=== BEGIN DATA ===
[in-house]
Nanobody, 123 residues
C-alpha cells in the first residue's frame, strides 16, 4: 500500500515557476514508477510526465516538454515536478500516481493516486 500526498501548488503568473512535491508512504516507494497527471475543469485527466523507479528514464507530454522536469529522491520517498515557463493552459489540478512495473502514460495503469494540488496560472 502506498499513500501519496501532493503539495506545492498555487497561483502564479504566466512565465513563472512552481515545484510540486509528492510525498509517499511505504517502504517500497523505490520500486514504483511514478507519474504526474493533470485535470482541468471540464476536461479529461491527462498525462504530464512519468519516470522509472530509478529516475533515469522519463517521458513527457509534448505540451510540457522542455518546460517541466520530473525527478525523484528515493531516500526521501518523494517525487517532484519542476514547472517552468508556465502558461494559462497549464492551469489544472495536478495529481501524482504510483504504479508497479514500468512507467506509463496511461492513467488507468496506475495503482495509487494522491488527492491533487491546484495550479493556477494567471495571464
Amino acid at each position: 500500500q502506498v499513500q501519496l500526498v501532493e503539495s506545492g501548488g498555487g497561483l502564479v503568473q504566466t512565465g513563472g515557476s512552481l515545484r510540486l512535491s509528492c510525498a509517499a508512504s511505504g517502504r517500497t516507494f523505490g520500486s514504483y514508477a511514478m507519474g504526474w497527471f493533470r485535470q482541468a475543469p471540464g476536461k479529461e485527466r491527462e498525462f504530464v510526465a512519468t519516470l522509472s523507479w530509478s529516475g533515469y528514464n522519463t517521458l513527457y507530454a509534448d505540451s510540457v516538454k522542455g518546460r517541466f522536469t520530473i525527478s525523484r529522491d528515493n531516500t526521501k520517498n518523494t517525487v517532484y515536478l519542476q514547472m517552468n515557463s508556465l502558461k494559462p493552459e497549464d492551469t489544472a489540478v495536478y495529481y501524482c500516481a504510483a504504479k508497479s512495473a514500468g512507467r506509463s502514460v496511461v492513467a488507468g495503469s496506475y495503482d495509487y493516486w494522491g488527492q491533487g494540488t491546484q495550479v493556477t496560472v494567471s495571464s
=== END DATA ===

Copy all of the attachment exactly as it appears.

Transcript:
[in-house]
Nanobody, 123 residues
C-alpha cells in the first residue's frame, strides 16, 4: 500500500515557476514508477510526465516538454515536478500516481493516486 500526498501548488503568473512535491508512504516507494497527471475543469485527466523507479528514464507530454522536469529522491520517498515557463493552459489540478512495473502514460495503469494540488496560472 502506498499513500501519496501532493503539495506545492498555487497561483502564479504566466512565465513563472512552481515545484510540486509528492510525498509517499511505504517502504517500497523505490520500486514504483511514478507519474504526474493533470485535470482541468471540464476536461479529461491527462498525462504530464512519468519516470522509472530509478529516475533515469522519463517521458513527457509534448505540451510540457522542455518546460517541466520530473525527478525523484528515493531516500526521501518523494517525487517532484519542476514547472517552468508556465502558461494559462497549464492551469489544472495536478495529481501524482504510483504504479508497479514500468512507467506509463496511461492513467488507468496506475495503482495509487494522491488527492491533487491546484495550479493556477494567471495571464
Amino acid at each position: 500500500q502506498v499513500q501519496l500526498v501532493e503539495s506545492g501548488g498555487g497561483l502564479v503568473q504566466t512565465g513563472g515557476s512552481l515545484r510540486l512535491s509528492c510525498a509517499a508512504s511505504g517502504r517500497t516507494f523505490g520500486s514504483y514508477a511514478m507519474g504526474w497527471f493533470r485535470q482541468a475543469p471540464g476536461k479529461e485527466r491527462e498525462f504530464v510526465a512519468t519516470l522509472s523507479w530509478s529516475g533515469y528514464n522519463t517521458l513527457y507530454a509534448d505540451s510540457v516538454k522542455g518546460r517541466f522536469t520530473i525527478s525523484r529522491d528515493n531516500t526521501k520517498n518523494t517525487v517532484y515536478l519542476q514547472m517552468n515557463s508556465l502558461k494559462p493552459e497549464d492551469t489544472a489540478v495536478y495529481y501524482c500516481a504510483a504504479k508497479s512495473a514500468g512507467r506509463s502514460v496511461v492513467a488507468g495503469s496506475y495503482d495509487y493516486w494522491g488527492q491533487g494540488t491546484q495550479v493556477t496560472v494567471s495571464s